For nearly a lifetime, High Desert resident Theresa Polley-Shellcroft has been creating her own, special brand of art in a variety of forms and mediums. The West Virginia native’s works, which include paintings, collages, fiber arts and quilts, are being showcased at Victor Valley College in an exhibition titled, “Finding My Voice.”

It is available for viewing at the school’s Performing Arts Center (during public events) through the end of February and is part of the college’s Black History Month celebration.

Polley-Shellcroft says she can’t think of a more perfect time to share her deeply personal art, which reflects the many facets of her fascinating journey as an artist and an African-American.

“I grew up in the 1950s and '60s during segregation and the Civil Rights movement, so that really has shaped my artwork all along,” said Polley-Shellcroft, the former Apple Valley resident who holds a master’s degree from Marshall University in Huntington, West Virginia.

“I’ve always believed art should be used for social issue commentary and cultural awareness, so that has been my primary focus.”

According to Polley-Shellcroft, her exhibit at the college is a retrospective of her works from 1957 to the present. She said it includes a still-life painting from 1958, as well as of one of an old mill in West Virginia that she created in the 1960s.

“Finding My Voice” also features a couple of paintings inspired by the children who were killed during the Oklahoma City bombing in 1995. Several quilts themed around Nelson Mandela and President Obama are also part of the showcase.

“I didn’t take up quilting until I moved to the Victor Valley 35 years ago,” said Polley-Shellcroft, who relocated to the area when her husband was stationed at George Air Force Base. “I was looking for something to do and wound up taking a quilting class. I took to it immediately.”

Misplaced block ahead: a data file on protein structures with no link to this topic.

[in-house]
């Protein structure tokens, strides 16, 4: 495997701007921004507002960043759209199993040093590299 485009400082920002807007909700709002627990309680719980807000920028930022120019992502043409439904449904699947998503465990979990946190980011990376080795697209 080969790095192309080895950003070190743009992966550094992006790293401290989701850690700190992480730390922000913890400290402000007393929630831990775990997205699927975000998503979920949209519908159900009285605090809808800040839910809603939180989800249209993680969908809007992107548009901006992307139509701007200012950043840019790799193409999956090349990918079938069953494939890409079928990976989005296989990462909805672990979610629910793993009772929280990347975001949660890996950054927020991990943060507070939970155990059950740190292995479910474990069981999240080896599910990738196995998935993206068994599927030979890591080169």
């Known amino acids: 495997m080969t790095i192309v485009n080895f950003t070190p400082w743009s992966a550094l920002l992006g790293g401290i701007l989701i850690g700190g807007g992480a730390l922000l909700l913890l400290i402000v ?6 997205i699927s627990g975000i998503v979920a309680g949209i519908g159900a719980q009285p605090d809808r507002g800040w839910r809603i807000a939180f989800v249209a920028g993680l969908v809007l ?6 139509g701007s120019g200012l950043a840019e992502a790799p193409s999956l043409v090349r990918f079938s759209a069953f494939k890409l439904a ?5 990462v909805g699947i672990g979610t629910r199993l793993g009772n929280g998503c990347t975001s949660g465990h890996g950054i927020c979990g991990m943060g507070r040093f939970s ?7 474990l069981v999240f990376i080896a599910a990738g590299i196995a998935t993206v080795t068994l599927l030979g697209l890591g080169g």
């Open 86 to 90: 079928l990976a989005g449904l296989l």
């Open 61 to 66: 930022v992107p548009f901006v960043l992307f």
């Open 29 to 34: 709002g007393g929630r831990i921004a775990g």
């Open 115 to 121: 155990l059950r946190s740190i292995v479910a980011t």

Along with her painting and quilting, Polley-Shellcroft is founder of tps Creative Expressions, Inc., a nonprofit organization dedicated to promoting creative expression and healing through art instruction and exhibits.

She also is an art instructor at VVC and a retired teacher from Hesperia Unified School District.

Down the road, Polley-Shellcroft said she envisions holding healing arts workshops to help those dealing with illnesses find peace and strength through creative outlets.

“I was diagnosed with breast cancer last year and during treatment, I would wake every morning and do some sketching,” said Polley-Shellcroft, who is cancer free. “In the aftermath, I realized those drawings were a way for me to express my feelings about what I was going through.

“Hopefully, I will be able to hold healing arts workshops in the community in the near future for others who are going through physical difficulties. Art is very therapeutic and it allows you to express many things you are feeling that you really don’t have any words for.”

From 1 to 4 p.m. on Feb. 27, the public is invited to view “Finding My Voice” at a gallery walk and open house at VVC, 18422 Bear Valley Road, Victorville. Polley-Shellcroft will be on hand to meet and greet participants, as well as answer questions.

The event is free. For more information, call 760-245-4381.